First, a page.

The entire tail is shaking (not just the horizontal stabilizer) not because it's stalling but because it is in the turbulent wake of the main wing. The tail is generating downforce as you can see from the up elevator. The main wing's nose down pitching moment increases when the center of pressure shifts aft at stall, as well as the change in the overall center of lift outboard and aft due to wing sweep as the root stalls with the outer end still flying.
The increase in pitching moment exceeds the downforce that the tail is able to produce, and the wing wins the force balance tug-of-war with the tail, and the airplane pitches over.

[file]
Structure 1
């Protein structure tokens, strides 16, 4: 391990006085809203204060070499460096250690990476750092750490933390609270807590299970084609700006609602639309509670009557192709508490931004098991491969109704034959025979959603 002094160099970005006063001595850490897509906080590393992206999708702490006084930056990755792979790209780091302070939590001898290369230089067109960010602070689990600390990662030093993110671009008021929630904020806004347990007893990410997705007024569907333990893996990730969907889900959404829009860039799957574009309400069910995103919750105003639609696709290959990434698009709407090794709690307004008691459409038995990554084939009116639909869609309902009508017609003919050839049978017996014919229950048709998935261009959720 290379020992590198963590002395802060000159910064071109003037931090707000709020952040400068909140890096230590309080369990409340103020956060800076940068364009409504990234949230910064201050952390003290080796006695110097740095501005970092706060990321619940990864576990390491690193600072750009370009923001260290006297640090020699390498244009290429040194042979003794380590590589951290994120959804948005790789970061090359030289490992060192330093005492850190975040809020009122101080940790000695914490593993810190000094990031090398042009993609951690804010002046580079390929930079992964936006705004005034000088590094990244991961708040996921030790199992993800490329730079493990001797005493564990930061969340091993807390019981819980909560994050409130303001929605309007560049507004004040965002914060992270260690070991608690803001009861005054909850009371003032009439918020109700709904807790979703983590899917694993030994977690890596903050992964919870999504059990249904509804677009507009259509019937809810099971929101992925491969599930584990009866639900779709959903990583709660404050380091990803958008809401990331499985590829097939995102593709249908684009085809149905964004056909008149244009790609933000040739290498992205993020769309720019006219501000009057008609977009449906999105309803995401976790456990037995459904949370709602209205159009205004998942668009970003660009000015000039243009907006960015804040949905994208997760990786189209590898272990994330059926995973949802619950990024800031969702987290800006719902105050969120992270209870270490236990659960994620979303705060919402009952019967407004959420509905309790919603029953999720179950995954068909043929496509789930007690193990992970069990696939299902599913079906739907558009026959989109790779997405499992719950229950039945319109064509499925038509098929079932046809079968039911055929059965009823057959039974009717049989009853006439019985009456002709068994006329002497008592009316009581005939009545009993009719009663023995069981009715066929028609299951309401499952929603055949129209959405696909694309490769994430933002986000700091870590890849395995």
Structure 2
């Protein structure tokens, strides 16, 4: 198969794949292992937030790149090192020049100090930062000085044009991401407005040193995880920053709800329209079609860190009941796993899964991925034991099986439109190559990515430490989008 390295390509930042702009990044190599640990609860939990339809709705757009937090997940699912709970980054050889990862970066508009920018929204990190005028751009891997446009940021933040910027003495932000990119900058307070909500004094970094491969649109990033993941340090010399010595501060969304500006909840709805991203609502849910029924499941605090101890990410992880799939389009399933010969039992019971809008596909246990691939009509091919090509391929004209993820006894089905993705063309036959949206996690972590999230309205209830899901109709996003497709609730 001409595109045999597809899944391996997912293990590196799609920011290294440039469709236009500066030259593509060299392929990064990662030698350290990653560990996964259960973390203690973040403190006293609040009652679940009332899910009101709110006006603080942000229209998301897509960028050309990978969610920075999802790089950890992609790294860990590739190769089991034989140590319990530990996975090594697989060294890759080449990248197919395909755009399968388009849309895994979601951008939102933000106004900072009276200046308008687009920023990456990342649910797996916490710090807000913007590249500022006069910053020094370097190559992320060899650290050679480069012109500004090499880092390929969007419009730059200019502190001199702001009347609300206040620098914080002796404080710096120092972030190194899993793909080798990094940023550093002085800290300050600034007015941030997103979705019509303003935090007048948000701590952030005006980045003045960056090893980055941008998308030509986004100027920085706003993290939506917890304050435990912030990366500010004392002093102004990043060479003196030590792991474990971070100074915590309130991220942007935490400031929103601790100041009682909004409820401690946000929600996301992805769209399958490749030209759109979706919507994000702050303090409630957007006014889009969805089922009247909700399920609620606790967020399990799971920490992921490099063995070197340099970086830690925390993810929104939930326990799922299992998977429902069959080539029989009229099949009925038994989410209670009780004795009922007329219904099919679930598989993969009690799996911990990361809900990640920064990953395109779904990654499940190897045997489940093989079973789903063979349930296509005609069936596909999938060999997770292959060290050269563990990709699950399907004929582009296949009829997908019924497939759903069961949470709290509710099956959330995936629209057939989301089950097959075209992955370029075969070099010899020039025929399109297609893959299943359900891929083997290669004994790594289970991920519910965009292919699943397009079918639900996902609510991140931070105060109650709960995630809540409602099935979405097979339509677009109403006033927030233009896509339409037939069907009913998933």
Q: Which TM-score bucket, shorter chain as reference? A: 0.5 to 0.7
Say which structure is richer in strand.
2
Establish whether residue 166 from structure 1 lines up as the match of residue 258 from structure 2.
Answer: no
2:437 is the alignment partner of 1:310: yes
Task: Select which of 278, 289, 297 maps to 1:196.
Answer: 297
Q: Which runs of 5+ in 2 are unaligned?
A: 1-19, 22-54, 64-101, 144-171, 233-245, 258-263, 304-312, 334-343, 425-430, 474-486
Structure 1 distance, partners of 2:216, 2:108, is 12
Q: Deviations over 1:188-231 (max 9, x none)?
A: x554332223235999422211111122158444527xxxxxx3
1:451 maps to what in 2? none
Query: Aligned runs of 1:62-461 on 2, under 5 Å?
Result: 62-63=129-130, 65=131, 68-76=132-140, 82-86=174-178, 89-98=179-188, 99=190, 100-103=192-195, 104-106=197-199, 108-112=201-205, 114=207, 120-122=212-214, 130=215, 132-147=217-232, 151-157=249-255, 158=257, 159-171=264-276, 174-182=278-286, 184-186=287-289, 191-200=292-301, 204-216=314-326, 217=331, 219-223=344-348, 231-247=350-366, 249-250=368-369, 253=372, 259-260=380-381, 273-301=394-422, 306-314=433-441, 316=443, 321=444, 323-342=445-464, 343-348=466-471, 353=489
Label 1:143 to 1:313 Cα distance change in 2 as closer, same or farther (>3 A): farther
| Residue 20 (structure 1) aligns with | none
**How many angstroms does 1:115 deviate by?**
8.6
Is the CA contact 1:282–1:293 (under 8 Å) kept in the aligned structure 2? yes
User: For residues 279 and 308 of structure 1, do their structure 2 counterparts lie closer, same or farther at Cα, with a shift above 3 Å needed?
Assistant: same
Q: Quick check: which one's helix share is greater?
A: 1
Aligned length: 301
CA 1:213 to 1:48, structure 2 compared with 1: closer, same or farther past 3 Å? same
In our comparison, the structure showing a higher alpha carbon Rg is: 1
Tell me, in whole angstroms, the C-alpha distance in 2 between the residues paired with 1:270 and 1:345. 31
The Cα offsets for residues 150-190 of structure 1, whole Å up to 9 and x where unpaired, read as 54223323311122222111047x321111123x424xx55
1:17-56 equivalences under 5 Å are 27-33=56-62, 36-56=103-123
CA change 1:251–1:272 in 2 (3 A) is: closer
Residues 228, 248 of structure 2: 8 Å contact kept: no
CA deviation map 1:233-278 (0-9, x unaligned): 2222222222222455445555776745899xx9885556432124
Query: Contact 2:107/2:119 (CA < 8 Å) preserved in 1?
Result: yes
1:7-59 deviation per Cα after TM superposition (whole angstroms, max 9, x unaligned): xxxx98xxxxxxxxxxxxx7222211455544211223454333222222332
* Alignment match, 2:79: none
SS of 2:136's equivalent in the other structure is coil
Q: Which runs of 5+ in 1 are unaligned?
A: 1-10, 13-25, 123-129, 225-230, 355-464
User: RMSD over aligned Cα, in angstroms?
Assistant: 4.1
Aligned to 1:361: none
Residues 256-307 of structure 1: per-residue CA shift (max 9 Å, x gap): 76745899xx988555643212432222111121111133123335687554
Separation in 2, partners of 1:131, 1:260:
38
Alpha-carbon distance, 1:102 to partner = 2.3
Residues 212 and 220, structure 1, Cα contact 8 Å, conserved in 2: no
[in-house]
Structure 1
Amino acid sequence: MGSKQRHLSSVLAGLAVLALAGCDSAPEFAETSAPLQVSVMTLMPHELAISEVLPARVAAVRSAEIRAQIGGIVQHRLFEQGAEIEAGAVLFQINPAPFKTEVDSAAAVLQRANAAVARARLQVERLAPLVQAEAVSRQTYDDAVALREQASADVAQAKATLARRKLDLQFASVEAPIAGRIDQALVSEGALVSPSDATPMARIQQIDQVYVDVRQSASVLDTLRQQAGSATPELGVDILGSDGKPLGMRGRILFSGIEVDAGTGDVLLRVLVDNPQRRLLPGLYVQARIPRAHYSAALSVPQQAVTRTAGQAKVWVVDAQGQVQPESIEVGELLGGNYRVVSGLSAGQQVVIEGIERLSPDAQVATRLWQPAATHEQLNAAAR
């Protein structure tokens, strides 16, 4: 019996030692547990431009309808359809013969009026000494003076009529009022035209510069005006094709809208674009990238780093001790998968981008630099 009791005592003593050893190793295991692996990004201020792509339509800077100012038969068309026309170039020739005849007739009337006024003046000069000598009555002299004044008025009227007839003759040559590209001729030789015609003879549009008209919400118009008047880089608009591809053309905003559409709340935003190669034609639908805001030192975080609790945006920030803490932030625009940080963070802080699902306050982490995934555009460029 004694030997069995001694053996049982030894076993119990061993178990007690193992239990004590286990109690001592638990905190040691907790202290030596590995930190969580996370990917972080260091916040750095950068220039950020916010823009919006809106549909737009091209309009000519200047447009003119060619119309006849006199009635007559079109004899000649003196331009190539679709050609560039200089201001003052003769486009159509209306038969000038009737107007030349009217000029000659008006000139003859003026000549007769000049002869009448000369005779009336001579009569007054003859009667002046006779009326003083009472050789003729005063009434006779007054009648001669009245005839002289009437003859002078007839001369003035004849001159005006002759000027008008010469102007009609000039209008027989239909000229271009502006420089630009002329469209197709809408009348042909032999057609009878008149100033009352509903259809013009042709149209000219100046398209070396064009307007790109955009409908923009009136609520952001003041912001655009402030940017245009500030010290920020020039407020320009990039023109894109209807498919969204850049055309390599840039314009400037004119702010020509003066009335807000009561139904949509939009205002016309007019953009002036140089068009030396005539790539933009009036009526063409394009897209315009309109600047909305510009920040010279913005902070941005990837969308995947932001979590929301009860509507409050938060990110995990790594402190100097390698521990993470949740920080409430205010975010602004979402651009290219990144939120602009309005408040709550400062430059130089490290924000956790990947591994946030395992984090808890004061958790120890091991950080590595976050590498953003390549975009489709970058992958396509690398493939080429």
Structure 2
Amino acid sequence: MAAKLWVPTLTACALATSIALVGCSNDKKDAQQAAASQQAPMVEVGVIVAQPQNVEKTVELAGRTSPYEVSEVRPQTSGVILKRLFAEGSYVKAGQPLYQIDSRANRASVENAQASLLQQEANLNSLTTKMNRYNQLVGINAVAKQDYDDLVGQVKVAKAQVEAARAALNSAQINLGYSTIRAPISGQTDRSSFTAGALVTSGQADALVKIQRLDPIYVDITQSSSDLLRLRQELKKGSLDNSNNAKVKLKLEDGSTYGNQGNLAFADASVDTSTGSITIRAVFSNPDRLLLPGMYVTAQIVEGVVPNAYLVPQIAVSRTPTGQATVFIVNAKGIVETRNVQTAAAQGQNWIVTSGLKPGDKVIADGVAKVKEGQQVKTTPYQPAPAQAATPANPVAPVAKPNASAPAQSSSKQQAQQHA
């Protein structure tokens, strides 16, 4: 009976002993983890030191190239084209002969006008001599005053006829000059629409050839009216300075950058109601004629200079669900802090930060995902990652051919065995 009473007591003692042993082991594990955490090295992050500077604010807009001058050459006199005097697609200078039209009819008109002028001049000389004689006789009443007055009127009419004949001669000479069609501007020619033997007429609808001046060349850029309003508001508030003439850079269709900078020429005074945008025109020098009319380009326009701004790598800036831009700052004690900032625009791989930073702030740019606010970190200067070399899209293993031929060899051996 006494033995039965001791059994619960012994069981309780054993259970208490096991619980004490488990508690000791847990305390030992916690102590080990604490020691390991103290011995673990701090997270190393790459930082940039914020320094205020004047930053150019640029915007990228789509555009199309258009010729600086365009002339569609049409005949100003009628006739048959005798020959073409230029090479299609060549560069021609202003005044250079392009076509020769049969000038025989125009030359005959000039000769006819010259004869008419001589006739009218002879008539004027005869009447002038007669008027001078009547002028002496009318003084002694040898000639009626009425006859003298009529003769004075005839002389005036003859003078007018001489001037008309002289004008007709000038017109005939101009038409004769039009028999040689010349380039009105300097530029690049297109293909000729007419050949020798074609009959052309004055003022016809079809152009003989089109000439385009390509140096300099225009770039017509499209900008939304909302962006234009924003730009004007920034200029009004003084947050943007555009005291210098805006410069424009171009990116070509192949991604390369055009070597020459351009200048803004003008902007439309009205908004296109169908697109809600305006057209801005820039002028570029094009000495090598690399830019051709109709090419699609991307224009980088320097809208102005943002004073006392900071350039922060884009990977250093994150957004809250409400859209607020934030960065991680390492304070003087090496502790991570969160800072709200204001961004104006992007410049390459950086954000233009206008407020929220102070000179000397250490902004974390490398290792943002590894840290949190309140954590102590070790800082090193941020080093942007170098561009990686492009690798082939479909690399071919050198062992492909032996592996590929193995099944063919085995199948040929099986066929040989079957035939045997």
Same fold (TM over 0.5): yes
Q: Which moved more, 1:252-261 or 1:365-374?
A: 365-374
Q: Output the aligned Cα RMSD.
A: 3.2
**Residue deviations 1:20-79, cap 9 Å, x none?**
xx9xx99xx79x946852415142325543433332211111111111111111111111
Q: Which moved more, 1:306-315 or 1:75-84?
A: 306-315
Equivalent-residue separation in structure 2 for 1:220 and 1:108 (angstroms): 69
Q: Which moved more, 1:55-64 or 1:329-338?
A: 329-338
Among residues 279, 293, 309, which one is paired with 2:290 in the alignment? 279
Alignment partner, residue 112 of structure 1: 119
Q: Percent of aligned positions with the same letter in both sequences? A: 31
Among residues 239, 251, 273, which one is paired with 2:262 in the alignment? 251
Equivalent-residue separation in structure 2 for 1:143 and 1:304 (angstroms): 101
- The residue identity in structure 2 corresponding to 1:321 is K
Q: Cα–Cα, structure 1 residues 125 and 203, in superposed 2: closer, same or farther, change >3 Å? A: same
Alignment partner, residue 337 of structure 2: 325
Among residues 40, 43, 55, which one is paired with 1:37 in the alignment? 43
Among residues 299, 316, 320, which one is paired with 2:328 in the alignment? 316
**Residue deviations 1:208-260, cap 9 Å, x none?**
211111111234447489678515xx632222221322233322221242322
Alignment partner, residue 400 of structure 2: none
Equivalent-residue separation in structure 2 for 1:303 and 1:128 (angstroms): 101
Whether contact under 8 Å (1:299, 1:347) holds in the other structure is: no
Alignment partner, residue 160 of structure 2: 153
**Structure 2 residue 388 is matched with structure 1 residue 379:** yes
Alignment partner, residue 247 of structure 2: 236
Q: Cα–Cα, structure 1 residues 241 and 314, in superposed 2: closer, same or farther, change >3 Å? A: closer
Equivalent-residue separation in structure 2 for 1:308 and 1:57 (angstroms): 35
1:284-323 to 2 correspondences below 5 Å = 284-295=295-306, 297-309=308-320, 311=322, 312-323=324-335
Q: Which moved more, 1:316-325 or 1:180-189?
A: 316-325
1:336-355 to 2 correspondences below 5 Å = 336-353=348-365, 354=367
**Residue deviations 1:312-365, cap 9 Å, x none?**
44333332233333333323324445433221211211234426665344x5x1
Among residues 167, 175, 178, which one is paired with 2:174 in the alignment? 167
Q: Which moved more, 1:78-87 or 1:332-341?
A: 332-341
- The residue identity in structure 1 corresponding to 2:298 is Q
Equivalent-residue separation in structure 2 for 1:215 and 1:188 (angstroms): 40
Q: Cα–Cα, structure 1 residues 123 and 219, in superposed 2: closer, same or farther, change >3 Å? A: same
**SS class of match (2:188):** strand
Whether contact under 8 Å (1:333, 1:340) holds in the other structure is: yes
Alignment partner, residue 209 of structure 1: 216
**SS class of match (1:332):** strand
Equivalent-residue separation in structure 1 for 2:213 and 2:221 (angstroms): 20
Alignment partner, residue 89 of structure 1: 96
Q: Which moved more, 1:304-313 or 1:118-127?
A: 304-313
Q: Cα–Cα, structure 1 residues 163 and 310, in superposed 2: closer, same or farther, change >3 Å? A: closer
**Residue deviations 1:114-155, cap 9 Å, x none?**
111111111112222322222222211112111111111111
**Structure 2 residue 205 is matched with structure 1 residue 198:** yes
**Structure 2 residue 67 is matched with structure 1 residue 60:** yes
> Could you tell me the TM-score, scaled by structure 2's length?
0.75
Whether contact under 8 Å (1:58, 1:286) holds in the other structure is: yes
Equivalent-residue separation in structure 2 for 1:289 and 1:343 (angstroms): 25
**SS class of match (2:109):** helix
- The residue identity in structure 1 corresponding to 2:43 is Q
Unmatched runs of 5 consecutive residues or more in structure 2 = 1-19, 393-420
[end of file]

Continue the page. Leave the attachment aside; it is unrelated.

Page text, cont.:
If the tail itself stalled, the nose would pitch over radically from the near complete removal of downforce, as if the pilot suddenly shoved the stick forward. That's not what is happening in the video. When this happens the tail's local AOA can increase further due to the pitch over and and a partially stalled tail can stall completely as if you sawed it off, and the airplane ends up pointed at the ground, as demonstrated in this testing in a Twin Otter.
I recall another incident in in a Twin Otter in the Canadian Arctic where tail stall was induced by the pilot pitching over hard after a zoom climb right after takeoff. Extreme pitch rotation at low speed means very high local AOA at the tail's leading edge. The pitch over rotation cause the horizontal tail's stall AOA to be exceeded when the pilot re-applied up elevator, and once exceeded it just got worse, and the Twin Otter just pitched over straight into the ground.